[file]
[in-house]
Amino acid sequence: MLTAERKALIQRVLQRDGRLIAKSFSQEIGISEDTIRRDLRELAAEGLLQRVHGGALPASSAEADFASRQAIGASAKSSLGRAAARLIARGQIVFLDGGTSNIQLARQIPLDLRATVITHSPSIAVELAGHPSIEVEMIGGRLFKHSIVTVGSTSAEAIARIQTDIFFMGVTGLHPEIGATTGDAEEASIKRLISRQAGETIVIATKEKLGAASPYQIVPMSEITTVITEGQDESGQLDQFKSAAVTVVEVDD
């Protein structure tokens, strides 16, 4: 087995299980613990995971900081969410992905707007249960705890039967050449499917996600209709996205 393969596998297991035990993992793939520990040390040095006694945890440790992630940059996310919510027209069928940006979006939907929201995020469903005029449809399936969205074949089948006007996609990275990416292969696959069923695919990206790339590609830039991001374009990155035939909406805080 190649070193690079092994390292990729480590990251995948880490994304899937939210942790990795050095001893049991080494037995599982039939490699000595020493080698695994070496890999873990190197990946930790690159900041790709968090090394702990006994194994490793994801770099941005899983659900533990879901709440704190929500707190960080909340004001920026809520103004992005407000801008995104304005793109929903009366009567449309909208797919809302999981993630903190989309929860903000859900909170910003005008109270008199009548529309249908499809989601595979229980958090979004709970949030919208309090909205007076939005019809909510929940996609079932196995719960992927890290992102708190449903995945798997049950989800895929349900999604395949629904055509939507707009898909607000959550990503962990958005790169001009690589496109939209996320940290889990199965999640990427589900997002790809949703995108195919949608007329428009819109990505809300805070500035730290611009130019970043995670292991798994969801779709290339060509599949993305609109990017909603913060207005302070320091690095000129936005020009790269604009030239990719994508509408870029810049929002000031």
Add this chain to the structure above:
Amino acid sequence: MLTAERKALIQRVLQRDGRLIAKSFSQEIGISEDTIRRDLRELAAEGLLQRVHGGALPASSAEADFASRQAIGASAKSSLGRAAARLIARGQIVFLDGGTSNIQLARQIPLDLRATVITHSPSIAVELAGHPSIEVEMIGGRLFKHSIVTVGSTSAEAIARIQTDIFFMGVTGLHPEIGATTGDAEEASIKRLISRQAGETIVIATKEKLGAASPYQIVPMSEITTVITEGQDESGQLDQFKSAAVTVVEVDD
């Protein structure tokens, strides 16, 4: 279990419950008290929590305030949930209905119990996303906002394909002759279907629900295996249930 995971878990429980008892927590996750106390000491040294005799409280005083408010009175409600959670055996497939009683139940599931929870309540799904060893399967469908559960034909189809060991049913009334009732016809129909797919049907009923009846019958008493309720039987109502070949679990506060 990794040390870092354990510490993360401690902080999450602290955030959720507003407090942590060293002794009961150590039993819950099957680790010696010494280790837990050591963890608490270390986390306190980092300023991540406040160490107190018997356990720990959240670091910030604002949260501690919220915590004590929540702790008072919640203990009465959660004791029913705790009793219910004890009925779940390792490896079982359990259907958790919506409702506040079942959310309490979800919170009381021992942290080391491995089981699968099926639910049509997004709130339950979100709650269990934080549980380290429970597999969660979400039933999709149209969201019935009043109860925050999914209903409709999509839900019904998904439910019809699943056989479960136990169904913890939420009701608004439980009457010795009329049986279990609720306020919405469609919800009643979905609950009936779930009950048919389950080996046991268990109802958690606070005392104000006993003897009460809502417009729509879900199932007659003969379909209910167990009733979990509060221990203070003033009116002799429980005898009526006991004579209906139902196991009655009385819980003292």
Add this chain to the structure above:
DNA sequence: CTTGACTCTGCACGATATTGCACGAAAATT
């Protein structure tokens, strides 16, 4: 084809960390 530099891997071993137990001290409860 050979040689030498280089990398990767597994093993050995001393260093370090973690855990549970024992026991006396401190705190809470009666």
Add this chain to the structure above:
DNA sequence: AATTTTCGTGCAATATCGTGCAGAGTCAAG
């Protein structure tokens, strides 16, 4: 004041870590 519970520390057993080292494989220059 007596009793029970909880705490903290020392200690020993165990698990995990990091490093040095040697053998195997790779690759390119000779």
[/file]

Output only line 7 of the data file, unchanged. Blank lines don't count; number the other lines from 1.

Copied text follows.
Add this chain to the structure above: